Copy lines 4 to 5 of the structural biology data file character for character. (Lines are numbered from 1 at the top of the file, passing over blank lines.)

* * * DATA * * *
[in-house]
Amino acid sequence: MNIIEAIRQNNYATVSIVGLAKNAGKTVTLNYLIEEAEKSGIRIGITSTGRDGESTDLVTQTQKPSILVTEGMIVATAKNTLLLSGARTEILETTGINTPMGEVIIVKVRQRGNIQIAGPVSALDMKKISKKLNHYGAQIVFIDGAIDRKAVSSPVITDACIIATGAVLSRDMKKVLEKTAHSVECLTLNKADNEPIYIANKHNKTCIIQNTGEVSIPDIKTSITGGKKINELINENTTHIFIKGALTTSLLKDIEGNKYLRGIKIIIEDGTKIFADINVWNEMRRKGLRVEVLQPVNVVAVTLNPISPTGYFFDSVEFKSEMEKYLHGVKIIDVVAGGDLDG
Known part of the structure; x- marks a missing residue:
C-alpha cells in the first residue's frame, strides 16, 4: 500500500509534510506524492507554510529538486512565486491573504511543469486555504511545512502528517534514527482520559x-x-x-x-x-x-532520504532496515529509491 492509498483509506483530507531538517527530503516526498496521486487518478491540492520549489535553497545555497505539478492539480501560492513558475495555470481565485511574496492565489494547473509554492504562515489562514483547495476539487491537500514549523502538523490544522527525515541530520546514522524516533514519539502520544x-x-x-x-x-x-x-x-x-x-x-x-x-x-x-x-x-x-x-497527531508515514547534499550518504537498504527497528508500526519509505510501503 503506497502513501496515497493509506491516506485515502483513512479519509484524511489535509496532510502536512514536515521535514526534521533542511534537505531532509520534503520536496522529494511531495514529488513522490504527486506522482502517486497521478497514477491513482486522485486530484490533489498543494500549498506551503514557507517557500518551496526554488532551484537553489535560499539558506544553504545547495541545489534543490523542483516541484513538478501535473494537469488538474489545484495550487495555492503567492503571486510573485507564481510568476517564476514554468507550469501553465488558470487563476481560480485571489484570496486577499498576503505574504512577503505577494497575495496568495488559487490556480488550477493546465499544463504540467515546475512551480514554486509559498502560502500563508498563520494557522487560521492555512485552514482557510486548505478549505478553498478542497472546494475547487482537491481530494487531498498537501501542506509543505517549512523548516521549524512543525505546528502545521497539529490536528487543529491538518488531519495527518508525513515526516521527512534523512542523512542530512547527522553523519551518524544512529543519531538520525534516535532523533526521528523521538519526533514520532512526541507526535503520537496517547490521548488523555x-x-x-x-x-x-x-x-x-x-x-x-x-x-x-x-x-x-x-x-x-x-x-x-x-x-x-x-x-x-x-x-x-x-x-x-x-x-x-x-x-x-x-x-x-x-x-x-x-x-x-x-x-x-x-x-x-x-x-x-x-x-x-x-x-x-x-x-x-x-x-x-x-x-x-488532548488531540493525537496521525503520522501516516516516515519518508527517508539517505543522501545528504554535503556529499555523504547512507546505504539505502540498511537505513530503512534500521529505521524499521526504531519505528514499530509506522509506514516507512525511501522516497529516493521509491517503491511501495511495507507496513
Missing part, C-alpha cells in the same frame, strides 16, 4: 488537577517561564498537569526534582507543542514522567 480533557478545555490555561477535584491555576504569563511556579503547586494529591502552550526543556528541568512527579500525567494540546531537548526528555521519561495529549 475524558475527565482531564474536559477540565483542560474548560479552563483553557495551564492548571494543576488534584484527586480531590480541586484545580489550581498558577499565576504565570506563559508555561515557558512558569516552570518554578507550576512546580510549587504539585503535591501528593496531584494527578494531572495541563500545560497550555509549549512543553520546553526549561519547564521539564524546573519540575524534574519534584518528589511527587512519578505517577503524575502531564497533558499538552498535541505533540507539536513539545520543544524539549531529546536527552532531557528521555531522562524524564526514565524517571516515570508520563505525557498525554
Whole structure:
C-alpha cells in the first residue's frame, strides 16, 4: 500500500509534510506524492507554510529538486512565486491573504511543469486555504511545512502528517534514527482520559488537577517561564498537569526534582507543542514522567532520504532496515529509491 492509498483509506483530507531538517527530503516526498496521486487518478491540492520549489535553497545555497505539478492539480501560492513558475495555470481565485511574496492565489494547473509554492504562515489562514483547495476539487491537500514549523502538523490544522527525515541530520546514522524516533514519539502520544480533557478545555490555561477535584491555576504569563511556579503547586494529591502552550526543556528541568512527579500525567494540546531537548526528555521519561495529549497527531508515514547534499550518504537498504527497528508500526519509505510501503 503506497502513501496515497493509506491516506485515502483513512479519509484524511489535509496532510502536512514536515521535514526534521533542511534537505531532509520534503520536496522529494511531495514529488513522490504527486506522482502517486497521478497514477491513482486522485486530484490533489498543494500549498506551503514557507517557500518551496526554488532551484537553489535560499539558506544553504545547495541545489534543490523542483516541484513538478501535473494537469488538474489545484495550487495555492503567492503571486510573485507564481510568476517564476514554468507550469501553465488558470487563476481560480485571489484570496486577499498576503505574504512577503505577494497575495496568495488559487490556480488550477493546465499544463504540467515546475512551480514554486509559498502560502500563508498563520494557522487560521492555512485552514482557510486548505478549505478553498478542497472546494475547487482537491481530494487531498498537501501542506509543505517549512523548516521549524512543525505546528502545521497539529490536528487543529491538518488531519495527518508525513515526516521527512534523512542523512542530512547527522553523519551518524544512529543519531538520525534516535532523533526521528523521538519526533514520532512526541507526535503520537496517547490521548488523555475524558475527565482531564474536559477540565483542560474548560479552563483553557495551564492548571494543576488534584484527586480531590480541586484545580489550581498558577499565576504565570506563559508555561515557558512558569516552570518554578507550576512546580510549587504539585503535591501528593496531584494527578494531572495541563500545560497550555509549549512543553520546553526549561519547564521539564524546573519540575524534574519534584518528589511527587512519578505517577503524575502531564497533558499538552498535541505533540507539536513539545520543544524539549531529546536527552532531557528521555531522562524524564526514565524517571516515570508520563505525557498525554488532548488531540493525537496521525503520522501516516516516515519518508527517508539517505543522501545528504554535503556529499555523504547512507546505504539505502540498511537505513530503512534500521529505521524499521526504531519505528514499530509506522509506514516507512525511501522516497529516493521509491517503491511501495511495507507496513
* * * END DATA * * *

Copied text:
C-alpha cells in the first residue's frame, strides 16, 4: 500500500509534510506524492507554510529538486512565486491573504511543469486555504511545512502528517534514527482520559x-x-x-x-x-x-532520504532496515529509491 492509498483509506483530507531538517527530503516526498496521486487518478491540492520549489535553497545555497505539478492539480501560492513558475495555470481565485511574496492565489494547473509554492504562515489562514483547495476539487491537500514549523502538523490544522527525515541530520546514522524516533514519539502520544x-x-x-x-x-x-x-x-x-x-x-x-x-x-x-x-x-x-x-497527531508515514547534499550518504537498504527497528508500526519509505510501503 503506497502513501496515497493509506491516506485515502483513512479519509484524511489535509496532510502536512514536515521535514526534521533542511534537505531532509520534503520536496522529494511531495514529488513522490504527486506522482502517486497521478497514477491513482486522485486530484490533489498543494500549498506551503514557507517557500518551496526554488532551484537553489535560499539558506544553504545547495541545489534543490523542483516541484513538478501535473494537469488538474489545484495550487495555492503567492503571486510573485507564481510568476517564476514554468507550469501553465488558470487563476481560480485571489484570496486577499498576503505574504512577503505577494497575495496568495488559487490556480488550477493546465499544463504540467515546475512551480514554486509559498502560502500563508498563520494557522487560521492555512485552514482557510486548505478549505478553498478542497472546494475547487482537491481530494487531498498537501501542506509543505517549512523548516521549524512543525505546528502545521497539529490536528487543529491538518488531519495527518508525513515526516521527512534523512542523512542530512547527522553523519551518524544512529543519531538520525534516535532523533526521528523521538519526533514520532512526541507526535503520537496517547490521548488523555x-x-x-x-x-x-x-x-x-x-x-x-x-x-x-x-x-x-x-x-x-x-x-x-x-x-x-x-x-x-x-x-x-x-x-x-x-x-x-x-x-x-x-x-x-x-x-x-x-x-x-x-x-x-x-x-x-x-x-x-x-x-x-x-x-x-x-x-x-x-x-x-x-x-x-488532548488531540493525537496521525503520522501516516516516515519518508527517508539517505543522501545528504554535503556529499555523504547512507546505504539505502540498511537505513530503512534500521529505521524499521526504531519505528514499530509506522509506514516507512525511501522516497529516493521509491517503491511501495511495507507496513
Missing part, C-alpha cells in the same frame, strides 16, 4: 488537577517561564498537569526534582507543542514522567 480533557478545555490555561477535584491555576504569563511556579503547586494529591502552550526543556528541568512527579500525567494540546531537548526528555521519561495529549 475524558475527565482531564474536559477540565483542560474548560479552563483553557495551564492548571494543576488534584484527586480531590480541586484545580489550581498558577499565576504565570506563559508555561515557558512558569516552570518554578507550576512546580510549587504539585503535591501528593496531584494527578494531572495541563500545560497550555509549549512543553520546553526549561519547564521539564524546573519540575524534574519534584518528589511527587512519578505517577503524575502531564497533558499538552498535541505533540507539536513539545520543544524539549531529546536527552532531557528521555531522562524524564526514565524517571516515570508520563505525557498525554